The Supreme Court’s opinion in Holt v. Hobbs communicated a rather pragmatic view of the prison security risks created by short beards – namely, that the beards aren’t much of a risk at all given that they are not an ideal place to hide contraband. (Getty Images)
To the casual Supreme Court watcher, Holt v. Hobbs will probably be known and remembered more for John Oliver’s brilliant rendition of the oral argument featuring dogs posed as Supreme Court Justices, rather than what the Court held. But for Gregory Holt and other inmates who have been not been allowed to grow half inch beards, it is the holding they will remember.
The Supreme Court held unanimously that an inmate’s rights under the Religious Land Use and Institutionalized Persons Rights Act (RLUIPA) were violated when he was not allowed to grow a half inch beard in accordance with his religious beliefs. Cities, take note – this case will affect correctional institutions with no-beard policies and may provide lower court’s guidance in evaluating RLUIPA claims in the corrections and land use context.
Arkansas Department of Corrections (the Department) grooming policy prohibits inmates who do not have a particular dermatological condition from growing beards. Gregory Holt’s request to grow a half inch beard in accordance with his Muslim religious beliefs was denied.
RLUIPA states that the government may not substantially burden the free exercise of an institutionalized person unless the burden is the least restrictive means of furthering a compelling government interest. The Eighth Circuit held that the Department satisfied its burden of showing that the no beards policy was the least restrictive means of furthering its compelling security interests.
The Court, in an opinion written by Justice Alito, first concluded the lower court made three errors in concluding that the grooming policy didn’t substantially burden Mr. Holt’s religion. That he had other means of practicing his religion, that he was “credited” by his religion for attempting to follow his beliefs, and that not all Muslims believe men must grow beards were all facts that do not matter in a RLUIPA analysis.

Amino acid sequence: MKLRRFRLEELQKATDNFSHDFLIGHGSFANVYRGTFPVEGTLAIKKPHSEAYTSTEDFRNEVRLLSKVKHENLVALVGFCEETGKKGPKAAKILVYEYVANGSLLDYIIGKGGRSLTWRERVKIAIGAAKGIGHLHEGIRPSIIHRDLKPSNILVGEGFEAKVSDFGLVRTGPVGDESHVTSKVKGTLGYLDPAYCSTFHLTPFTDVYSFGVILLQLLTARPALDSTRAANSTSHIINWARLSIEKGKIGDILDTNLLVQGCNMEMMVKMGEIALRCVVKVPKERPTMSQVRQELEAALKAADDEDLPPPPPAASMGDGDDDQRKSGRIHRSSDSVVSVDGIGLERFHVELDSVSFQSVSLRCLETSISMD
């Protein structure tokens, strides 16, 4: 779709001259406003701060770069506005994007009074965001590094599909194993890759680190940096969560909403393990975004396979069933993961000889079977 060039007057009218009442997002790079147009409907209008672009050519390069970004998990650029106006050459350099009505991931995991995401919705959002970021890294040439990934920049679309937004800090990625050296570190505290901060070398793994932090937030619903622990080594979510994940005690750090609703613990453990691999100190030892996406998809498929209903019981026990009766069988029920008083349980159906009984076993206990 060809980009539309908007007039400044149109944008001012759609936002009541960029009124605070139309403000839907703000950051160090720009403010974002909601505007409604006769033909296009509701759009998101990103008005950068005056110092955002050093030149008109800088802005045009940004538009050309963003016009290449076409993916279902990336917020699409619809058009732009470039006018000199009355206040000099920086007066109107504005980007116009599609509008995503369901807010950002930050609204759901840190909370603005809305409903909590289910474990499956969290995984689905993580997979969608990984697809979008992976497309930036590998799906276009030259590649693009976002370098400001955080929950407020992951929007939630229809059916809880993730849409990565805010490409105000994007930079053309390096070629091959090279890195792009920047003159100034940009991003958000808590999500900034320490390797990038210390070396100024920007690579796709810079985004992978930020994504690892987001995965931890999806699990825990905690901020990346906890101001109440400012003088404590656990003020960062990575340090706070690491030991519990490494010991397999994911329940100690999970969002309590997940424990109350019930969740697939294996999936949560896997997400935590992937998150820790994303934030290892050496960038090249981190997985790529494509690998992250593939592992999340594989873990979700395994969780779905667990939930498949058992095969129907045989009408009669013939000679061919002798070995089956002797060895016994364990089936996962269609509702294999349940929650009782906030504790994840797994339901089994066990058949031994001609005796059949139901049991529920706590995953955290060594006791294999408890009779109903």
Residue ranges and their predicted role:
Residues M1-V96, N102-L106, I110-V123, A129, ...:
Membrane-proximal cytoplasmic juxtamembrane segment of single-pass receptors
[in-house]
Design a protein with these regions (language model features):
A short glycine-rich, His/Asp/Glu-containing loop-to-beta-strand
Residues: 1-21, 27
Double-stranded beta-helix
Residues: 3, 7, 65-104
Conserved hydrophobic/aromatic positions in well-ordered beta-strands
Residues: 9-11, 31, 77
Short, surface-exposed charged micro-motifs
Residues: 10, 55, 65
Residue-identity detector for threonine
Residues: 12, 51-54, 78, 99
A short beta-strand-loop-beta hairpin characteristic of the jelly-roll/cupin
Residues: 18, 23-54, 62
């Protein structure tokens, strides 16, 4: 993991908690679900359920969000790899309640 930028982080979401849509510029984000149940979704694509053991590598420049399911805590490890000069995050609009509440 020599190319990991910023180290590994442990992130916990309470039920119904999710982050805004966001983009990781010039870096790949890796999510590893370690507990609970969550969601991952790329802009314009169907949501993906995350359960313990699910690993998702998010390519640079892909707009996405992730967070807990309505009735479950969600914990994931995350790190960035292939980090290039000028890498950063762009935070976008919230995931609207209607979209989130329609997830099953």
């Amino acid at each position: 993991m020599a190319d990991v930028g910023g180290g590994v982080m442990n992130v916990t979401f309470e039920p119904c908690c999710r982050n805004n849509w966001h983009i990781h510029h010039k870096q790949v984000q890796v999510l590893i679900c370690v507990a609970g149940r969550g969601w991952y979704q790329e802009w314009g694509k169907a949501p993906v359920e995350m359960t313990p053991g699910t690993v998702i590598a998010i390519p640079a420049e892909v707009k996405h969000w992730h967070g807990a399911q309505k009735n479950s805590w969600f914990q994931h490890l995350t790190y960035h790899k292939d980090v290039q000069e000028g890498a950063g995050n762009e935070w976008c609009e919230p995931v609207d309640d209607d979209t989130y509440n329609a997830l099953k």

While the Court agreed that preventing the flow of contraband in it facilities and preventing prisoners from disguising their identities are compelling state interests, it concluded that disallowing half inch beards isn’t the least restrictive means of furthering prison safety and security. The Court described the Department’s concern that prisoners may hide contraband in their beards as “hard to take seriously.” Only small items could be concealed, inmates could more easily conceal items in head hair, and beards can be searched. Photographing an inmate with and without a beard would solve the problem of an inmate changing his appearance to enter restricted areas, escape, or evade apprehension upon escaping. And the fact that the Department allows inmates to grow mustaches, head hair, and quarter inch beards for medical reasons – all of which could be shaved off “at a moment’s notice” – indicates that security concerns raised by quickly changing appearance are not “serious.”
Also critical to the Court’s analysis was the fact that most states and the federal government allow inmates to grow half inch beards for any reason.
The Court’s opinion in this case was partially a critique of the lower court opinions, which seemed to gloss over the requirements of RLUIPA rather than carefully apply them, and partially a pragmatic view of security risks created by short beards: “Hair on the head is a more plausible place to hide contraband than a ½ inch beard—and the same is true of an inmate’s clothing and shoes. Nevertheless, the Department does not require inmates to go about bald, barefoot, or naked.”
About the Author: Lisa Soronen is the Executive Director of the State and Local Legal Center and a regular contributor to CitiesSpeak.